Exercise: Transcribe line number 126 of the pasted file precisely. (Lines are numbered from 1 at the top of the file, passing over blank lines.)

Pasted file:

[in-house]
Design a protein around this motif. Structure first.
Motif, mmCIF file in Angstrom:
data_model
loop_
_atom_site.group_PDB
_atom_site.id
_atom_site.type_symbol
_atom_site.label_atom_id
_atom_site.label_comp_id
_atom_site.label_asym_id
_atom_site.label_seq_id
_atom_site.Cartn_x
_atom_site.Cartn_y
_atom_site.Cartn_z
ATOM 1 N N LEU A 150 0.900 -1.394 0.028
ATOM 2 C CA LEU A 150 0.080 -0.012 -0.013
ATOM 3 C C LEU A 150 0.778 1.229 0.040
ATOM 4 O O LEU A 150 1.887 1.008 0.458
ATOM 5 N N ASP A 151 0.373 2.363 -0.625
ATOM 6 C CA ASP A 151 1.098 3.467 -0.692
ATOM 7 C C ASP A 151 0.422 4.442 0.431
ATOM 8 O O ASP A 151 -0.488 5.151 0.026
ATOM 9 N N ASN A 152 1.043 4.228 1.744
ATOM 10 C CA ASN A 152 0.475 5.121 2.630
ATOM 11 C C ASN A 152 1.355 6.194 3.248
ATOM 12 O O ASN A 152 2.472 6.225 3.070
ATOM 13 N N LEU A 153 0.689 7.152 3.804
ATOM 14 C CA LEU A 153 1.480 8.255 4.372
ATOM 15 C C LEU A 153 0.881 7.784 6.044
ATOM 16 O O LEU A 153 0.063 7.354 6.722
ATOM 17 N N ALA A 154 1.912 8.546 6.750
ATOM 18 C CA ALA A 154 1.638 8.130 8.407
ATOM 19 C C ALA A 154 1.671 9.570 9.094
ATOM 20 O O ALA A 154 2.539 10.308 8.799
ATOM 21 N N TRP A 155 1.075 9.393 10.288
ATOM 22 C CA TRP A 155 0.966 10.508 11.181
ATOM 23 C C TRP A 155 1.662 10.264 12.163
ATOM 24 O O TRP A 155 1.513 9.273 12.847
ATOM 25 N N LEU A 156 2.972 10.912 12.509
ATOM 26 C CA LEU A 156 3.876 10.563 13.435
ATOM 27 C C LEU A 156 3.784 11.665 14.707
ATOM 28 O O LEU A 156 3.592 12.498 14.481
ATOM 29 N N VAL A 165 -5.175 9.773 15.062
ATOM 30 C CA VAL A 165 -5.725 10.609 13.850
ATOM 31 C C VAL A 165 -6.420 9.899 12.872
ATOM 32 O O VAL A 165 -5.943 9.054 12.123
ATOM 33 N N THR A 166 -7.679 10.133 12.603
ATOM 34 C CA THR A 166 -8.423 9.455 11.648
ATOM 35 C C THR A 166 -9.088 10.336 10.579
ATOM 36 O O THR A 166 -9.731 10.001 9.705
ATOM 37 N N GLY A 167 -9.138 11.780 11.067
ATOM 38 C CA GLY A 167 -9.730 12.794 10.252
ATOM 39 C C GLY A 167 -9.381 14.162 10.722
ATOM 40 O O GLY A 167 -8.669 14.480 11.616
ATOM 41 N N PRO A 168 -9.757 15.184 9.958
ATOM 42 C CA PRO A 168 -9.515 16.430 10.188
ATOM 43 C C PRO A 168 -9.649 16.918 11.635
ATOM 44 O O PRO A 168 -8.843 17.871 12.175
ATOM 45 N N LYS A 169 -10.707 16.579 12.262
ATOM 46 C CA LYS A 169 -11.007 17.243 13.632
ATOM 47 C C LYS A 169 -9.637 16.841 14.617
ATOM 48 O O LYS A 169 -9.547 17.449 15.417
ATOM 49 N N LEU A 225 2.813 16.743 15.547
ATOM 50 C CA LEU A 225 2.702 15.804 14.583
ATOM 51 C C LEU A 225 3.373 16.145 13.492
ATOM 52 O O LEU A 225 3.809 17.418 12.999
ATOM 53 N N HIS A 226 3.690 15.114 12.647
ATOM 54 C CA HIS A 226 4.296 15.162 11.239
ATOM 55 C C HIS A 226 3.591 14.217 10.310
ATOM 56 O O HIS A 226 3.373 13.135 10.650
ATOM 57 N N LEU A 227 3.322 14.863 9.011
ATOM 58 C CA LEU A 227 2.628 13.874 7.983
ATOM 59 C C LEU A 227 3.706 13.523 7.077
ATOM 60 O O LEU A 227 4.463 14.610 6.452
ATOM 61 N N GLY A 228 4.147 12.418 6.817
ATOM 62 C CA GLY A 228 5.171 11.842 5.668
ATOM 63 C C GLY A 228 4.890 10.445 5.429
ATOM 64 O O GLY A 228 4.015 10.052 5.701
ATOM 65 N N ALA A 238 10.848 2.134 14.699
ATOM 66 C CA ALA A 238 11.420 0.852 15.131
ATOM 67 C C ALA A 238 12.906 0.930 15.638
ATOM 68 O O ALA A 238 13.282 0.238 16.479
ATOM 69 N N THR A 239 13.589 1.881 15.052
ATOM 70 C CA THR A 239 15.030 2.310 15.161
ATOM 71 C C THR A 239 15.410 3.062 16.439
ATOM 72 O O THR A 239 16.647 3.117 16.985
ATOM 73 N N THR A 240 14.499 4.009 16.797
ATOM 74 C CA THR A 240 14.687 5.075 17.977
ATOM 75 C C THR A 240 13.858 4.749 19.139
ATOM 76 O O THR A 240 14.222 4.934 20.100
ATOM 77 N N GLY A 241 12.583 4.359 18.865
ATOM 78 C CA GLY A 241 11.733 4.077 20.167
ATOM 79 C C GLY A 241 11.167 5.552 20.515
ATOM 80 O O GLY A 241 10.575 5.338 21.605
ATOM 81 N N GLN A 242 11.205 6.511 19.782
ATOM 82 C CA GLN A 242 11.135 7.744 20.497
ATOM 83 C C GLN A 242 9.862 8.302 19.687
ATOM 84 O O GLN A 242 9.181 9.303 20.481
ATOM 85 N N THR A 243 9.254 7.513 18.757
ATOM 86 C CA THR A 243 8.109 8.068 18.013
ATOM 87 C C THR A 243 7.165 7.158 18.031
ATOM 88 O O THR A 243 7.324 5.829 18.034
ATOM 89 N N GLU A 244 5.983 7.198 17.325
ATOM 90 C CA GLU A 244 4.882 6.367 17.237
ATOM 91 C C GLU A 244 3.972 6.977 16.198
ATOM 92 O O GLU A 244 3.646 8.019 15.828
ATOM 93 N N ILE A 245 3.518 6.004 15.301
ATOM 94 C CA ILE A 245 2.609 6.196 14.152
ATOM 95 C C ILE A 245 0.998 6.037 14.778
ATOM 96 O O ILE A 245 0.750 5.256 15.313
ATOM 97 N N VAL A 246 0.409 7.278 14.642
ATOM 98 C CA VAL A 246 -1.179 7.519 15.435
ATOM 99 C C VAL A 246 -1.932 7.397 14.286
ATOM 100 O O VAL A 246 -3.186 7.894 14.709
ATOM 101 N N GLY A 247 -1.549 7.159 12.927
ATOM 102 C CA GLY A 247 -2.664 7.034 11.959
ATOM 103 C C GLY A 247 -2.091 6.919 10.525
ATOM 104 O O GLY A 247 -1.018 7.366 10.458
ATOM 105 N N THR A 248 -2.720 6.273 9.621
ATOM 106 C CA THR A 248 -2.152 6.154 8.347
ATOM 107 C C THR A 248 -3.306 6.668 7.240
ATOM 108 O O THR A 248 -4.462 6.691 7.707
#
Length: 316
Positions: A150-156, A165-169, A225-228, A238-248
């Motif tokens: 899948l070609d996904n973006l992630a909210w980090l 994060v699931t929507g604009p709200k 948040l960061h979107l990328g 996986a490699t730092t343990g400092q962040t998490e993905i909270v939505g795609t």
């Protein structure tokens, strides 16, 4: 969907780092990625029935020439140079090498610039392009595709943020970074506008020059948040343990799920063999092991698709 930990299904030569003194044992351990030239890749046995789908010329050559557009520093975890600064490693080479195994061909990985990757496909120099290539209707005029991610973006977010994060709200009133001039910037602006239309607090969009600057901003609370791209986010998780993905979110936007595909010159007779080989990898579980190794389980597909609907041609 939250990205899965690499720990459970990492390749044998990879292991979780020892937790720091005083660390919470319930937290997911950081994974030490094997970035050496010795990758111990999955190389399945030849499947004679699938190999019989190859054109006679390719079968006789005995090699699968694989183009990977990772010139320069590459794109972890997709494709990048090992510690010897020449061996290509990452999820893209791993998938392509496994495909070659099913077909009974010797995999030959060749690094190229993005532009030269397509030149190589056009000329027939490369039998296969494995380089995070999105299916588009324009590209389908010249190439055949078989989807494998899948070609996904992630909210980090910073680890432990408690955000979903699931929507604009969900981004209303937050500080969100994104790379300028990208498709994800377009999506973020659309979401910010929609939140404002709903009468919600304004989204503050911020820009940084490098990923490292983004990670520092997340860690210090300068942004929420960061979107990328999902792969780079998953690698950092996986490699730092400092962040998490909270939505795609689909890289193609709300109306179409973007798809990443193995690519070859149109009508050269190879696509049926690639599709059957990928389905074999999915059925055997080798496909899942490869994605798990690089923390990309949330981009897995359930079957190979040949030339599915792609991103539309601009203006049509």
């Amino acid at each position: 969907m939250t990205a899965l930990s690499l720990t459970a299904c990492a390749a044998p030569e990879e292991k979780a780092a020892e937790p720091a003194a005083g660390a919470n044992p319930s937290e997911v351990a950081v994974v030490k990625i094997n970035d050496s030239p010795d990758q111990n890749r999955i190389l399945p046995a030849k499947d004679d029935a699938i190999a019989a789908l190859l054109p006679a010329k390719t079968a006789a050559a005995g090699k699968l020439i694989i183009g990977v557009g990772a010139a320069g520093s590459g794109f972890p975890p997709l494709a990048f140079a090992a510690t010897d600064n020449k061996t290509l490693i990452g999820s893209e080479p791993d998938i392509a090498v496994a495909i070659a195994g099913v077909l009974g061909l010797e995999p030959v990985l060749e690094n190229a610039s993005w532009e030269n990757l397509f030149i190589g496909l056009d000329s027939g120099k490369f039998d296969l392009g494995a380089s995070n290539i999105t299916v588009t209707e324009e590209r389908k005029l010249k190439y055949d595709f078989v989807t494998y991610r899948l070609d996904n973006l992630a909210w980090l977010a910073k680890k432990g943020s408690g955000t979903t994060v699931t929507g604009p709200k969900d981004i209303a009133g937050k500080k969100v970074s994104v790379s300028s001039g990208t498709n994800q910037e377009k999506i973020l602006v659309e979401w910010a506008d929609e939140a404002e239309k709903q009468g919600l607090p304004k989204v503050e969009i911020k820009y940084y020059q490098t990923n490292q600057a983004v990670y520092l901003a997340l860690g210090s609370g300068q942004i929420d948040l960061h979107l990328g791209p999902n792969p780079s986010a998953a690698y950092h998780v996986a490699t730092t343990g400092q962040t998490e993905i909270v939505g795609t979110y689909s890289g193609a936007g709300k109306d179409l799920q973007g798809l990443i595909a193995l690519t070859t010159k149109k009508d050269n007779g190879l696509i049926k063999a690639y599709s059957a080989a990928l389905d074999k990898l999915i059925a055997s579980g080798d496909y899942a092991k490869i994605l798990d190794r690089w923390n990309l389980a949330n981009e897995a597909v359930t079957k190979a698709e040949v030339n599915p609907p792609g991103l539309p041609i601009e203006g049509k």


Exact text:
Positions: A150-156, A165-169, A225-228, A238-248